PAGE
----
That's it.  That's all I have to do.  I don't need to let it destroy my day, or make me think that Chopper hates me, or that I'm the worst trainer ever, or that my training partner thinks I'm a giant doofus (she may already think that about me anyway, which is really quite understandable).  There's no need to go further on this topic; just figure out what I can control to help Chopper out, then do that.  And if that doesn't work, keep trying to figure it out and ask for help when needed.

Remember what's important!

The animals are allowed to screw up, or be defiant, or forget, or get confused, or refuse things, or have an off day.  As long as they are healthy, it's okay for them to just not be perfect little angels for us.  We know that rationally of course, but we have to remember that the relationships we cultivate with these animals are NOT based on petty things like "compliance."  How well they respond to your training is important in the long run, because that tells you how fair, predictable, and motivating you are.  But little hiccups are expected and necessary.  They do not negate overall success, nor do they predict a failure in future success (unless you let yourself lose your mind over it).  Look at it as another beautiful example of how complex the animals you have the privilege of knowing, loving, and teaching are.  

Would you consider a relationship with a human a "good" one if your friend, spouse, or relative only wanted to be around you when you were doing everything perfectly?  What if you called your best friend when you were in a terrible mood and having an off day and they freaked out because they couldn't handle you not in a perfectly happy state?  That would be the worst friendship ever.  

Mario really is awful to Yoshi.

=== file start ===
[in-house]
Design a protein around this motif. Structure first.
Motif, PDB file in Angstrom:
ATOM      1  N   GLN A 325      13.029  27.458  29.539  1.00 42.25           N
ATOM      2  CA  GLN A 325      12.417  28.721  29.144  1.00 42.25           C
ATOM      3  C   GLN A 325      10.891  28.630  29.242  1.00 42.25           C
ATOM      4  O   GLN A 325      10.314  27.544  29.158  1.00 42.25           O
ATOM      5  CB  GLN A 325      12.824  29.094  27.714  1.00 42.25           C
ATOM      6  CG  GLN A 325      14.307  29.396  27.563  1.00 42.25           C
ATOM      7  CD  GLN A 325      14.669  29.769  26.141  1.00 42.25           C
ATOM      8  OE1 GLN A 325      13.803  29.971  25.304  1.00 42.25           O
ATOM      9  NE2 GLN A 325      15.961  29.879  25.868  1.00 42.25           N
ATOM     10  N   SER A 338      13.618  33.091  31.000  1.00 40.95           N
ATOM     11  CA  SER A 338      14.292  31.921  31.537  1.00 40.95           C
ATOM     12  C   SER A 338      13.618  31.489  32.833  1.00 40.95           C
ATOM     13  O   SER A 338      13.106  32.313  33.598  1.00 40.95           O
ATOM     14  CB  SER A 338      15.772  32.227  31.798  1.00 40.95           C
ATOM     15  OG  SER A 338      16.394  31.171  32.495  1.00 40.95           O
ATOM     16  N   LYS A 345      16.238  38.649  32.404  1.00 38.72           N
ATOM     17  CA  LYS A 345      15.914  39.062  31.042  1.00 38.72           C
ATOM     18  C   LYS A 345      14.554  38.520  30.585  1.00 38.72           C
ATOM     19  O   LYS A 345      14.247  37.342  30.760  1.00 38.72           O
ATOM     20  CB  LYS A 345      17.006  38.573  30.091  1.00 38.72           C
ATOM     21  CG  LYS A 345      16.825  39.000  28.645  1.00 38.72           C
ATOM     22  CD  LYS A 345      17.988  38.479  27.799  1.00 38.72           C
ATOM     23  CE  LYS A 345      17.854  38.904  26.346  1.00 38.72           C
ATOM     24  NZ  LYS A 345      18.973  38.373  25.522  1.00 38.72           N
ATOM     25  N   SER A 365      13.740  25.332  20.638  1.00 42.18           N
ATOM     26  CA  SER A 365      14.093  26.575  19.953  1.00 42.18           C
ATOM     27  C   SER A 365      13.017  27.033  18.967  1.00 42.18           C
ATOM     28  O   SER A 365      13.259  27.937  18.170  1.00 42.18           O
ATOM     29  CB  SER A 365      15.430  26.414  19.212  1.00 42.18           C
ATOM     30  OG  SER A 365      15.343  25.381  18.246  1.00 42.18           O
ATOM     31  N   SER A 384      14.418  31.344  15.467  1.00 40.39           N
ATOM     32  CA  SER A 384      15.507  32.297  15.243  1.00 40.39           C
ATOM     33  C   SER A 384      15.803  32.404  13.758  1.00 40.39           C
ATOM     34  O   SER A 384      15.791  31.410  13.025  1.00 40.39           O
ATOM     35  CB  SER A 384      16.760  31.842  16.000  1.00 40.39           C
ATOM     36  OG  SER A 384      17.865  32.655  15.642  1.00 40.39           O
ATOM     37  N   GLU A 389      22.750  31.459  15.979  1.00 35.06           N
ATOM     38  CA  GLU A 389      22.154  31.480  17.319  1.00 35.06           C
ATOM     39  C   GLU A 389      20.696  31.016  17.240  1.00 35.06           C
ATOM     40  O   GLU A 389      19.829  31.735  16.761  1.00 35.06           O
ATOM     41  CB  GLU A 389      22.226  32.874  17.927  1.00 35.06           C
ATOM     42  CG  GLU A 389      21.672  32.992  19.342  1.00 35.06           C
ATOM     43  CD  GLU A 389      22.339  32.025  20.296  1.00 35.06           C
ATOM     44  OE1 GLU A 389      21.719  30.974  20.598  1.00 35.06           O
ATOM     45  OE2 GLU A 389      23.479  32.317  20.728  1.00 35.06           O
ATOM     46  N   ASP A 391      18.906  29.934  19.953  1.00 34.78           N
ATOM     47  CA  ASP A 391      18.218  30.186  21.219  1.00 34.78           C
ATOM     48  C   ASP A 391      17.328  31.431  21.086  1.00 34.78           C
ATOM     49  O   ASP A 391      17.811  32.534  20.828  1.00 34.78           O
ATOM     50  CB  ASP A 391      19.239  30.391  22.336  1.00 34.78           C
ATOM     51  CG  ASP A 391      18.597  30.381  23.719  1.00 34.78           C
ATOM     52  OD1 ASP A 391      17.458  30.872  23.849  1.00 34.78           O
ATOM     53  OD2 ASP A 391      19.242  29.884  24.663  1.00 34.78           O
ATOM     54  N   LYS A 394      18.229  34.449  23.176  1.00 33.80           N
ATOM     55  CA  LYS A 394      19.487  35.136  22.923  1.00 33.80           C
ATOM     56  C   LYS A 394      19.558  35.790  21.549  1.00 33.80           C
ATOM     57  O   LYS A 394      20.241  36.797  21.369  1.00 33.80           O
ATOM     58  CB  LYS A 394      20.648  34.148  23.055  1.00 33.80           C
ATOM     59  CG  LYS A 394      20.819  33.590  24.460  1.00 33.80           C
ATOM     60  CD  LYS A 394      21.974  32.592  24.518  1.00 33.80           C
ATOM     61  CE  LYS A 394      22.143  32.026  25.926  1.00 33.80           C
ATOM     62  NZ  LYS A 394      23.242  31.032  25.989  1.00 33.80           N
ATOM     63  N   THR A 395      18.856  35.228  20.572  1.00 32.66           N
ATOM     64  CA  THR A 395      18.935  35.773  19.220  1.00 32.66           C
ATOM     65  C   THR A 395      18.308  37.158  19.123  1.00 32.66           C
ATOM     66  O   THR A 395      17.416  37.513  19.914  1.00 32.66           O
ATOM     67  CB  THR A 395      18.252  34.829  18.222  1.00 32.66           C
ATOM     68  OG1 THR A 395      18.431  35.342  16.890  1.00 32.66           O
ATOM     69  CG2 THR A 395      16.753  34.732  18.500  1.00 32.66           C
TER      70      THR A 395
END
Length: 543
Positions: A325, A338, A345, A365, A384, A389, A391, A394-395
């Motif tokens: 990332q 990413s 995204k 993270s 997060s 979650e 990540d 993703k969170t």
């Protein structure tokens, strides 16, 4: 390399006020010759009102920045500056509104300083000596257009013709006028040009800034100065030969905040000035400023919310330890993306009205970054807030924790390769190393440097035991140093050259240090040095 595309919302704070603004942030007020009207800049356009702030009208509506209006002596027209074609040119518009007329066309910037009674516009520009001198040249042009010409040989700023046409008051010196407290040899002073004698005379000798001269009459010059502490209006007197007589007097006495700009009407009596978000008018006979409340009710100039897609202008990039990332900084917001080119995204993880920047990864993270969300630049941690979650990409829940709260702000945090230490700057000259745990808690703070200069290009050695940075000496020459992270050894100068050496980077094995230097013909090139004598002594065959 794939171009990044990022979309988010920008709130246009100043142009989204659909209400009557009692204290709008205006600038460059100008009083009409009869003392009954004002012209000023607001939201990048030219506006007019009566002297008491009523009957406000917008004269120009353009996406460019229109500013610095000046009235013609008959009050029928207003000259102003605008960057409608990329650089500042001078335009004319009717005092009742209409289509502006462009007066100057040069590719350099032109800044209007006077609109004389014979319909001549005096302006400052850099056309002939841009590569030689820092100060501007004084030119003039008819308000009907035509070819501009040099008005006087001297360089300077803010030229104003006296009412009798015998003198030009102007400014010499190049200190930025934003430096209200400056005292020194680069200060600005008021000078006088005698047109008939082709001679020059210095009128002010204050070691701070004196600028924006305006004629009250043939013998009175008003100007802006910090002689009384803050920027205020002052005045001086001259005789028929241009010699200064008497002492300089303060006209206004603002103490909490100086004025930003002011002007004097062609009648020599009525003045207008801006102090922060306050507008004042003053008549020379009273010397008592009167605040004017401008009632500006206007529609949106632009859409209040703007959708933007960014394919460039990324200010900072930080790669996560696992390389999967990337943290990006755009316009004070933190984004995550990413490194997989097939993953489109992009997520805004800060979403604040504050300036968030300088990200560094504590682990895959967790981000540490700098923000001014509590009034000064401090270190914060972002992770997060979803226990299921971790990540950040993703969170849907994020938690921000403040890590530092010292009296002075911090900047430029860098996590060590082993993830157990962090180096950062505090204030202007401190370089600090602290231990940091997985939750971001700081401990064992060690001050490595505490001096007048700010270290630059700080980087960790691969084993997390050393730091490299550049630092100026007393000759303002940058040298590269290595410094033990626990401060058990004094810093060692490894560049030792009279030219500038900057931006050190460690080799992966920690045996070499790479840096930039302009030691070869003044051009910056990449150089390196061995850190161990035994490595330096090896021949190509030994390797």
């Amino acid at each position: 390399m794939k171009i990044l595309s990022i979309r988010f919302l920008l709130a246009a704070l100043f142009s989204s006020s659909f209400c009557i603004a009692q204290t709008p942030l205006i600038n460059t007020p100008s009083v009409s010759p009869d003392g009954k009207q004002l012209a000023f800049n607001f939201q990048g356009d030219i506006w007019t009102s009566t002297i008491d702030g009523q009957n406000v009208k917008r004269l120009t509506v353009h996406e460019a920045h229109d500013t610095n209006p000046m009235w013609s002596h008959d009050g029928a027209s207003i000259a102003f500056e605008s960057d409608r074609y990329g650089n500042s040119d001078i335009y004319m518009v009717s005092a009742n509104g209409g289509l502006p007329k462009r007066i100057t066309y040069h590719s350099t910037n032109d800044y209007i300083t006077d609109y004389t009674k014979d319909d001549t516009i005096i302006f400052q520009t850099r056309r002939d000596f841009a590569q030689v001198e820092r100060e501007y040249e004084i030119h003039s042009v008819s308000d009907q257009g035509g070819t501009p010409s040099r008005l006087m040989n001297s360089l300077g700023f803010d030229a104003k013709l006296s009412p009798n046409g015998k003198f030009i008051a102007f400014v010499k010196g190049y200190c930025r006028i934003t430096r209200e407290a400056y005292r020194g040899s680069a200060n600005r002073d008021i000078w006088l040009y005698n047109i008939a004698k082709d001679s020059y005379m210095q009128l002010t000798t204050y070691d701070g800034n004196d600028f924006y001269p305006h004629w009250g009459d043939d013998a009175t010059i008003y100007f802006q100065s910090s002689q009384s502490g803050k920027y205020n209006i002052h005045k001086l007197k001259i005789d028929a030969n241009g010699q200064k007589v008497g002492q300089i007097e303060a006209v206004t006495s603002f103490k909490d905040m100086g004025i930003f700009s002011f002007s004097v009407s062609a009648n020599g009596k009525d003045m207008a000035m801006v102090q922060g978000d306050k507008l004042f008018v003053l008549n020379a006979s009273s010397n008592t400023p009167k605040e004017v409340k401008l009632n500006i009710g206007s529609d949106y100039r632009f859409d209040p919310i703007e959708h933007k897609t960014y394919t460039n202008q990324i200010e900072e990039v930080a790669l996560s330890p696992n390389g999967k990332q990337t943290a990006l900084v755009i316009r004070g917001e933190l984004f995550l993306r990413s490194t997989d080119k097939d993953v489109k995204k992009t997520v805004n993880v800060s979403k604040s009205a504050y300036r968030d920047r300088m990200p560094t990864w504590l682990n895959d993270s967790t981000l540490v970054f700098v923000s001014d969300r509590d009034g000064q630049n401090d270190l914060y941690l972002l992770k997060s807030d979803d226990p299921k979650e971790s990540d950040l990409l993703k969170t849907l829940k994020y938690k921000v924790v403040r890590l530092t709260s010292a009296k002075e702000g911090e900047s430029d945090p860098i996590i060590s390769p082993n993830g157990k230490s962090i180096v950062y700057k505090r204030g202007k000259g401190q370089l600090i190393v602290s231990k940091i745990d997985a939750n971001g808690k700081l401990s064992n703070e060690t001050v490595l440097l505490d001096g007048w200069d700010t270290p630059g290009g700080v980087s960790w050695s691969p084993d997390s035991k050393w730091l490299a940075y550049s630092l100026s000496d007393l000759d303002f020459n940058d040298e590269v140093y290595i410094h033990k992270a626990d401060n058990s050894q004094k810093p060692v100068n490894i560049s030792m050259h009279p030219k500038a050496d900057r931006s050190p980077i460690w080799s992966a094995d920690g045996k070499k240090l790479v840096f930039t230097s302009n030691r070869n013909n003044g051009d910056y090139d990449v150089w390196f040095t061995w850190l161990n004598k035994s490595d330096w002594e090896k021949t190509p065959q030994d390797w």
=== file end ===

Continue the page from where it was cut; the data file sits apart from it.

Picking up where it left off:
And in terms of our relationships with animals (as much as I know this paragraph grates at my strict no-anthropomorphism friends, bear with me), we have to apply this same idea: we have a stronger relationship with our animals when we see them at their best and at their worst.  We steel those bonds and reinforce good, predictable and fair training when we learn to work WITH them when they are being ornery, silly, or just plain confusing.  If we let our emotions get the best of us and let the highs and lows define an emotional roller coaster of a day, we lose sight of what is most important.

So celebrate the times when you are really in sync with the animals you care for; and hey, maybe hear a tiny little sad trombone in the back of your head when you're having a Dissue Day.  But don't let those things steer your passion.  Let the love, respect, and knowledge base you have keep you happy and afloat in times of good and bad.  Laugh and learn from the days that throw you curve balls.  And for god's sake, write down those Middle Flipper stories!

* You know, the sad trombone "womp womp womp".  Trombones are the saddest of the all of the instruments, although I have to admit that depressed bugles really bum me out too.**

        ** I couldn't even find photos of sad bugles, that's how depressing they 
             are.  The internet can't even handle their image.